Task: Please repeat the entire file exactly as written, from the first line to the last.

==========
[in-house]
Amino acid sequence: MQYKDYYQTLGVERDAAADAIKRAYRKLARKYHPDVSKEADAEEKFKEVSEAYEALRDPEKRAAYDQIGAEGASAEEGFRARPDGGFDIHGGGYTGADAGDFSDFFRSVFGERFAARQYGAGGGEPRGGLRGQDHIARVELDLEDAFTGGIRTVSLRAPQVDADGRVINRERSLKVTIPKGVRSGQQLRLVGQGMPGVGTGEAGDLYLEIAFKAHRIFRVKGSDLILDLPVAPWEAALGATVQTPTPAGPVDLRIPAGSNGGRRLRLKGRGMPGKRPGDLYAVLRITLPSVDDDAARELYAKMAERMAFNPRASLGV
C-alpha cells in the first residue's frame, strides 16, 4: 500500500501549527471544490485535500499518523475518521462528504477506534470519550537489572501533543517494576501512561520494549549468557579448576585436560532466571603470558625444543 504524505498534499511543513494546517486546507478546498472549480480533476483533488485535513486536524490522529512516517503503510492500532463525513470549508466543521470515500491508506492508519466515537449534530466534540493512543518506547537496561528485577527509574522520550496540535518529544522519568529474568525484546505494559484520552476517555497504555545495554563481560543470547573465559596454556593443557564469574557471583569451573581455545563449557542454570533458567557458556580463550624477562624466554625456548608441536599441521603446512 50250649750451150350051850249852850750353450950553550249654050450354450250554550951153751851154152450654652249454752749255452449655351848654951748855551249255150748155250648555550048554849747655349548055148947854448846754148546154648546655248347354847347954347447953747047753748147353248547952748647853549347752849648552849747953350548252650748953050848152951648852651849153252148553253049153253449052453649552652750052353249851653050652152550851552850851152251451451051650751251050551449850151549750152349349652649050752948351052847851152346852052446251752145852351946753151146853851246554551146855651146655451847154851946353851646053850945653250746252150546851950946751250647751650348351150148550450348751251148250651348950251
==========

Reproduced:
[in-house]
Amino acid sequence: MQYKDYYQTLGVERDAAADAIKRAYRKLARKYHPDVSKEADAEEKFKEVSEAYEALRDPEKRAAYDQIGAEGASAEEGFRARPDGGFDIHGGGYTGADAGDFSDFFRSVFGERFAARQYGAGGGEPRGGLRGQDHIARVELDLEDAFTGGIRTVSLRAPQVDADGRVINRERSLKVTIPKGVRSGQQLRLVGQGMPGVGTGEAGDLYLEIAFKAHRIFRVKGSDLILDLPVAPWEAALGATVQTPTPAGPVDLRIPAGSNGGRRLRLKGRGMPGKRPGDLYAVLRITLPSVDDDAARELYAKMAERMAFNPRASLGV
C-alpha cells in the first residue's frame, strides 16, 4: 500500500501549527471544490485535500499518523475518521462528504477506534470519550537489572501533543517494576501512561520494549549468557579448576585436560532466571603470558625444543 504524505498534499511543513494546517486546507478546498472549480480533476483533488485535513486536524490522529512516517503503510492500532463525513470549508466543521470515500491508506492508519466515537449534530466534540493512543518506547537496561528485577527509574522520550496540535518529544522519568529474568525484546505494559484520552476517555497504555545495554563481560543470547573465559596454556593443557564469574557471583569451573581455545563449557542454570533458567557458556580463550624477562624466554625456548608441536599441521603446512 50250649750451150350051850249852850750353450950553550249654050450354450250554550951153751851154152450654652249454752749255452449655351848654951748855551249255150748155250648555550048554849747655349548055148947854448846754148546154648546655248347354847347954347447953747047753748147353248547952748647853549347752849648552849747953350548252650748953050848152951648852651849153252148553253049153253449052453649552652750052353249851653050652152550851552850851152251451451051650751251050551449850151549750152349349652649050752948351052847851152346852052446251752145852351946753151146853851246554551146855651146655451847154851946353851646053850945653250746252150546851950946751250647751650348351150148550450348751251148250651348950251